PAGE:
How to Rebuild a Blown Engineby Richard Rowe
A blown engine can either be a nightmare of epic proportions or a fairly simple weekend project--the difference comes down to knowledge and preparation. Think of your engine disassembly as an autopsy and don't take anything at face value. Stay vigilant for cascading, cause-and-effect failures and expect to spend twice what you think you will. A "blown" engine can be the result of anything, from a simple head gasket failure to a crankshaft snapped in two, so don't buy any new parts until you know what's going on with the engine.
Diagnose the engine during teardown, taking it slowly and staying organized. Remove the valve covers and intake manifold, checking for debris in the oil and broken valve springs/valve train components. Remove the cylinder heads and examine the piston tops and combustion chamber roofs for signs of oil leakage, water leakage and melted components.
Check for cracks in the heads, the combustion chamber and deck surface, the piston tops and cylinder bores and the engine block deck surface. This is just a preliminary check. If you don't see anything wrong, don't assume that the engine is fine; be prepared to take it to a machine shop to have the block and heads magnafluxed to check for cracks invisible to the naked eye. This is especially crucial if the engine blew from overheating.
Remove the crankshaft, rods and pistons. Pay close attention to the bearing surfaces, checking for signs of gouging.
Send the block to the machine shop to have the crankshaft, bearing bores, cylinders, engine block and cylinder head deck surfaces machined to factory specs. Order whatever new parts you need, including over-sized pistons, rings and bearings.
Install the new piston rings onto the pistons. Install the crankshaft bearings into the block, followed by the crankshaft itself, rod bearings then the pistons and connecting rods. Pack the oil pump with petroleum jelly, then install it and the oil pan.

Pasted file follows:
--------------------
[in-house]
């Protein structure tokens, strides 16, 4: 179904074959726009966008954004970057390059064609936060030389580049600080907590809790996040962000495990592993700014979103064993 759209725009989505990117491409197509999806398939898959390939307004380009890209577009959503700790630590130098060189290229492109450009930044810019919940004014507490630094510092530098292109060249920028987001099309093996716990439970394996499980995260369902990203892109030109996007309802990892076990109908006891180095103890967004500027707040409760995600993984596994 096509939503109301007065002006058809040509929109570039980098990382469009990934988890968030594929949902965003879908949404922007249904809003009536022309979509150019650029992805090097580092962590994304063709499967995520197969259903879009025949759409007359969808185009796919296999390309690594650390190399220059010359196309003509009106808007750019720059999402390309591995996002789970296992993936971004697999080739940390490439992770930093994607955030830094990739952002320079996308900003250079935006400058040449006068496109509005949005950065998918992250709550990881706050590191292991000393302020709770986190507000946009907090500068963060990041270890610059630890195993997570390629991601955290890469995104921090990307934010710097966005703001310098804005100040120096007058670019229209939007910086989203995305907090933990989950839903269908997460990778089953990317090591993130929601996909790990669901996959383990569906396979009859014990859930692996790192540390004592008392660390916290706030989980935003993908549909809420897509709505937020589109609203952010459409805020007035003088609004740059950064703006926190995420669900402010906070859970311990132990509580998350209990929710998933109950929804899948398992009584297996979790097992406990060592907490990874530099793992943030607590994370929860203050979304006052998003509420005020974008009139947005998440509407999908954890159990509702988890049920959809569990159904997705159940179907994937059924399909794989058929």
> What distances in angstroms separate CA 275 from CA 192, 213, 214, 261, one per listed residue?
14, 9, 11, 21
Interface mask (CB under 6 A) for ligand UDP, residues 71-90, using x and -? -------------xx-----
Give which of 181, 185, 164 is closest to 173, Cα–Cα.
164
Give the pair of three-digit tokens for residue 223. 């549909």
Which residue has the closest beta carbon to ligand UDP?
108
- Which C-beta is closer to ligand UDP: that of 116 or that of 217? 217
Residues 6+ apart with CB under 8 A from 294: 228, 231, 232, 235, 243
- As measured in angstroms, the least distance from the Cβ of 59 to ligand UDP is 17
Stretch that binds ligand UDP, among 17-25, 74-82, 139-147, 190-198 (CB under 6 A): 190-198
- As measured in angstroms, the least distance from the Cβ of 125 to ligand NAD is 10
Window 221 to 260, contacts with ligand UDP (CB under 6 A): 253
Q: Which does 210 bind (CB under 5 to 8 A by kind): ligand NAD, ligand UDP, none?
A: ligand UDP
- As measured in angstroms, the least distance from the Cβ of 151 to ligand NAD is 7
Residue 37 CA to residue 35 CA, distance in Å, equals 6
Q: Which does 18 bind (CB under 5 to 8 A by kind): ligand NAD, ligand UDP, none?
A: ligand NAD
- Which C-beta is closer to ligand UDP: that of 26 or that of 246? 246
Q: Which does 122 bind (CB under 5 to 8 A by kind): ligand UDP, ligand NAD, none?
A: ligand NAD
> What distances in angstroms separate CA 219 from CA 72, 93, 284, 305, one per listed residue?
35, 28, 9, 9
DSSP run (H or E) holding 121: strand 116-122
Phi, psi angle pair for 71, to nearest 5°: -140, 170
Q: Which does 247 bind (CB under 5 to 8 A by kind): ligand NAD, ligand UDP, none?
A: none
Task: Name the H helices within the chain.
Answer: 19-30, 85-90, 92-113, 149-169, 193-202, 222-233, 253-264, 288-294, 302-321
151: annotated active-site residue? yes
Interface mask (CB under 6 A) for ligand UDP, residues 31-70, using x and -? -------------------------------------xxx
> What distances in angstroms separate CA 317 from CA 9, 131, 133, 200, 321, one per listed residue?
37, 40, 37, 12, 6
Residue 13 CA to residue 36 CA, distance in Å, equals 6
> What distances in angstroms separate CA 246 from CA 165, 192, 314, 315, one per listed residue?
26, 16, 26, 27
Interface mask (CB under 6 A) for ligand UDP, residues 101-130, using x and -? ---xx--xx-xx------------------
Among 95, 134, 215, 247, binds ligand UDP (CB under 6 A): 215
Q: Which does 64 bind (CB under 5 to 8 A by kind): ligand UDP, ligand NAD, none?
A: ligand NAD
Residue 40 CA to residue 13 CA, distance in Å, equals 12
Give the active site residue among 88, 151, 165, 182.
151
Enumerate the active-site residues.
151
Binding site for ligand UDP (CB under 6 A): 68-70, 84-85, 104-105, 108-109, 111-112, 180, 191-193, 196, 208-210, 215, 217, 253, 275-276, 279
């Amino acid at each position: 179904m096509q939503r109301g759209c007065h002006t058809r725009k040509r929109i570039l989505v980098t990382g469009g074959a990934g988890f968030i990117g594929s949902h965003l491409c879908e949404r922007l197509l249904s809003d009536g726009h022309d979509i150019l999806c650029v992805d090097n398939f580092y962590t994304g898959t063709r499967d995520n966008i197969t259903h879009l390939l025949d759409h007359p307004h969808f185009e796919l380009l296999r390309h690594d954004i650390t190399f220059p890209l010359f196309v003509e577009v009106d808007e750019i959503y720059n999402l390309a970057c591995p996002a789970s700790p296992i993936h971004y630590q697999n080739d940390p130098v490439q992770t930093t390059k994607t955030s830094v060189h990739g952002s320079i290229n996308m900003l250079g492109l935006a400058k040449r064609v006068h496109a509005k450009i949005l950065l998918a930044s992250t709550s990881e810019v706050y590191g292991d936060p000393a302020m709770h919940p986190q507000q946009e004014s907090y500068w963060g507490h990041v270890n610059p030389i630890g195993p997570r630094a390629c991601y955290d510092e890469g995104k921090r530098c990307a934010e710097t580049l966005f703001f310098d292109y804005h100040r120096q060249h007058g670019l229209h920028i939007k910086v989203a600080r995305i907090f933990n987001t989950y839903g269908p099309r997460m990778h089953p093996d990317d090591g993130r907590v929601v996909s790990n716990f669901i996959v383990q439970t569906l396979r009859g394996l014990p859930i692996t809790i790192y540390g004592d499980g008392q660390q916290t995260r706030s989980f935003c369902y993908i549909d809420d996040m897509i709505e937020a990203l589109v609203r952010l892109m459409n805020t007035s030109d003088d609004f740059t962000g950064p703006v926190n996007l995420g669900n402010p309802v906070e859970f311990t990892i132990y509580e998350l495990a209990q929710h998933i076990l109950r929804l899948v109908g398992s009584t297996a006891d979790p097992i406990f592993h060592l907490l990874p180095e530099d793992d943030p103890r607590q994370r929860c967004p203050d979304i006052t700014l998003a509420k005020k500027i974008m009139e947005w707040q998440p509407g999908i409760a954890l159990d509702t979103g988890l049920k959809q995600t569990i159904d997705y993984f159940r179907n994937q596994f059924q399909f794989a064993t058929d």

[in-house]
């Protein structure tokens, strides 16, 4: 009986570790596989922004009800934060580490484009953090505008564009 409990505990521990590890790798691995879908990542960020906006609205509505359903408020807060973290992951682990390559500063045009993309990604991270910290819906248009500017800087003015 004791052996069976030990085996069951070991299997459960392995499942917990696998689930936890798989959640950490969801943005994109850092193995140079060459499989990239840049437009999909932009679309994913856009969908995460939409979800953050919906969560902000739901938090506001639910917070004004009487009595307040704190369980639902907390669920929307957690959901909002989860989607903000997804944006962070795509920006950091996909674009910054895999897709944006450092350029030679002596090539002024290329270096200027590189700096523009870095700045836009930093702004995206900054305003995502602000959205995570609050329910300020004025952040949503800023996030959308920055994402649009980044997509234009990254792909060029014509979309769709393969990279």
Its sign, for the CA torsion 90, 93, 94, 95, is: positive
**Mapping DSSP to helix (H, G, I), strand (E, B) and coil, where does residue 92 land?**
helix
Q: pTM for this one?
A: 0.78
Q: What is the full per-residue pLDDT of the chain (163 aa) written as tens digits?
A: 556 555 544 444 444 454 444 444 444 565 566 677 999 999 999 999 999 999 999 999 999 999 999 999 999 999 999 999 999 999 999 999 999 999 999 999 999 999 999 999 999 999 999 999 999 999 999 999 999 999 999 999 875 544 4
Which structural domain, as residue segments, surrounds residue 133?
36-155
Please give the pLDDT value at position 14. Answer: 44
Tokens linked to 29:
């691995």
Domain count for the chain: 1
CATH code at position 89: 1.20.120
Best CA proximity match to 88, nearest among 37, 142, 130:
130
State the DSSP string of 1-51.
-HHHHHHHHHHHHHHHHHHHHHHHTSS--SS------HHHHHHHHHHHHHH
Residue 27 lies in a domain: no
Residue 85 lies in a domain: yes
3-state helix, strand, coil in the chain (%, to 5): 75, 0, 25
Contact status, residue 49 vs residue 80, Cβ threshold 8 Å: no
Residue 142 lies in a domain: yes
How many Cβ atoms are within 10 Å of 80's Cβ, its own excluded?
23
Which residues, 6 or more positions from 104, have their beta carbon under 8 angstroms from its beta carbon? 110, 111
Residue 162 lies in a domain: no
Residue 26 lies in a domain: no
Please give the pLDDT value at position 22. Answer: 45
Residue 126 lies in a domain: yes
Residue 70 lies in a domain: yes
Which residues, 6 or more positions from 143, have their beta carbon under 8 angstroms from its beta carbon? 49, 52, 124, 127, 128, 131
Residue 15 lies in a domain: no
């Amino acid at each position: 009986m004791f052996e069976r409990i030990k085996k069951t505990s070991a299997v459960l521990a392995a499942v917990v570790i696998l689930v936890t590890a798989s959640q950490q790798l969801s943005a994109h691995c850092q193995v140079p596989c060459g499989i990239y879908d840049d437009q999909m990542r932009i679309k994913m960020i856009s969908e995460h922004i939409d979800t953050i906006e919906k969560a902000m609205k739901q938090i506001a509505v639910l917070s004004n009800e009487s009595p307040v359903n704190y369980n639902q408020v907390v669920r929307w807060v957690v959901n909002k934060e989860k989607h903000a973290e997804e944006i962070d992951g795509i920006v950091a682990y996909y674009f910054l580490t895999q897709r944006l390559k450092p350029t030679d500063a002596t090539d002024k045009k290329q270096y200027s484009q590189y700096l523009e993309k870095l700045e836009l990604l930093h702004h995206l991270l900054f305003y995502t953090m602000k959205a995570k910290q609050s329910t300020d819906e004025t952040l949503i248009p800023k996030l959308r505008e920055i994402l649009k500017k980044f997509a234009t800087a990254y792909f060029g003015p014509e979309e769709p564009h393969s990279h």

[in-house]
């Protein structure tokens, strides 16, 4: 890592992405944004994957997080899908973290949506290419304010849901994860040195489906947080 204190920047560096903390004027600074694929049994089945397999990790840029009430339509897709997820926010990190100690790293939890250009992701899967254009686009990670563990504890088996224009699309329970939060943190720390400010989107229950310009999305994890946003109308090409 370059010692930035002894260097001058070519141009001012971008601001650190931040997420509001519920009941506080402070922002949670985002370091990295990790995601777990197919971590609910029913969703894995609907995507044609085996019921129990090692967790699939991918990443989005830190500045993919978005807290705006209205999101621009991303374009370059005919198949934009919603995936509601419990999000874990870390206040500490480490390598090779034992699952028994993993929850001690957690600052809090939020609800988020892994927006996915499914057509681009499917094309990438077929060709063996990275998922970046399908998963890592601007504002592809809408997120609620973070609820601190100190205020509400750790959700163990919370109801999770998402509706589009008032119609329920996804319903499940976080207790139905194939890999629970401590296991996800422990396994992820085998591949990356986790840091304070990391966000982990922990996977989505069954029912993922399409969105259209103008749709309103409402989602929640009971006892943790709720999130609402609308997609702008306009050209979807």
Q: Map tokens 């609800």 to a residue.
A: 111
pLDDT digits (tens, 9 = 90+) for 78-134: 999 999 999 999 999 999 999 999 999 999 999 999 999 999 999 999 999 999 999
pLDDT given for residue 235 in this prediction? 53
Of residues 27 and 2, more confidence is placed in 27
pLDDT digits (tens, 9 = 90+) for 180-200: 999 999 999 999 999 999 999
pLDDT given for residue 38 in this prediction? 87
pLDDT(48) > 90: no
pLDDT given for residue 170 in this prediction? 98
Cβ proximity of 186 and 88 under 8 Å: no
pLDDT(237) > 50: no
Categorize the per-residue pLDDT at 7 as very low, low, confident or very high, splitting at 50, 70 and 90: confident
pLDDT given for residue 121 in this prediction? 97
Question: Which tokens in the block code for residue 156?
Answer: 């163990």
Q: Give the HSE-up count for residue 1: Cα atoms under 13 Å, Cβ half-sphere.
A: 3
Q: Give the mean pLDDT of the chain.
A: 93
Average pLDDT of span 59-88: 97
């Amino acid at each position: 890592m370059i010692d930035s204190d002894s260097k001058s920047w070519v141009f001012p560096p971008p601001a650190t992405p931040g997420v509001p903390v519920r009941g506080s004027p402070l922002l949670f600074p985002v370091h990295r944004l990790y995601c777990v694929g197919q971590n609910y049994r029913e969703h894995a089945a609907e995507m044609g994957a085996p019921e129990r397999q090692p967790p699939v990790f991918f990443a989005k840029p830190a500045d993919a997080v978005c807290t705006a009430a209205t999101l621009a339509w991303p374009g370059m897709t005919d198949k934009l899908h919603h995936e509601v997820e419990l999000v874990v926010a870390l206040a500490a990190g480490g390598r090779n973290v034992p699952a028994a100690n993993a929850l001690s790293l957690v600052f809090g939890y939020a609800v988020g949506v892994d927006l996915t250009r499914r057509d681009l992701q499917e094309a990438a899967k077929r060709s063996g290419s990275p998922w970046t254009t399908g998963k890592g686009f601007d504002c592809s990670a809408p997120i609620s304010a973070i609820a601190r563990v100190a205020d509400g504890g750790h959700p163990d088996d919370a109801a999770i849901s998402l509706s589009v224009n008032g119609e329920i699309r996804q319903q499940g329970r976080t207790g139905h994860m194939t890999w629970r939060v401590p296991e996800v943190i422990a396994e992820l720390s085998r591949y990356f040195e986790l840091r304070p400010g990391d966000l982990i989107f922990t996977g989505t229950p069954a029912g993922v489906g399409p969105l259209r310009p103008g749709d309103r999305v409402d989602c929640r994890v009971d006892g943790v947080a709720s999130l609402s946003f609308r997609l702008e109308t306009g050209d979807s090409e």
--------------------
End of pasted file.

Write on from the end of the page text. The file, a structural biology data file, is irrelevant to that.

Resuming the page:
Insert the new head gaskets and bolt the heads onto the block. Slide the new camshaft lifter in place. Install the camshaft either into the block or onto the cylinder heads and then install the valve train onto the heads. Install the intake manifold gaskets, intake manifold, exhaust manifold gasket, exhaust manifold, valve cover gaskets and valve cover(s).
Fill the engine with oil then use a drill and priming shaft to prime the oil pump. For many engines, the oil pump drive shaft is accessible through the distributor hole. Have an assistant manually turn the crankshaft with a large wrench while you prime. Once you see oil pushing through the valve train, the engine is ready to install and fire up.
- Always use specialized engine assembly lube on friction surfaces, such as main/rod bearings, camshaft bearings, lifter bores and throughout the valve train. If your engine uses a flat-tappet cam (one that doesn't use roller-tipped lifters), use a chrome molybdenum-based break-in lube on the camshaft lobes.
Things You'll Need
- Full set of basic hand tools
- Full set of metric and standard sockets
- Tools for cutting, grinding and welding metal
- Fabrication and metal-forming equipment
- Torque wrench
- Clearance and measuring tools
Richard Rowe has been writing professionally since 2007, specializing in automotive topics. He has worked as a tractor-trailer driver and mechanic, a rigger at a fire engine factory and as a race-car driver and builder. Rowe studied engineering, philosophy and American literature at Central Florida Community College.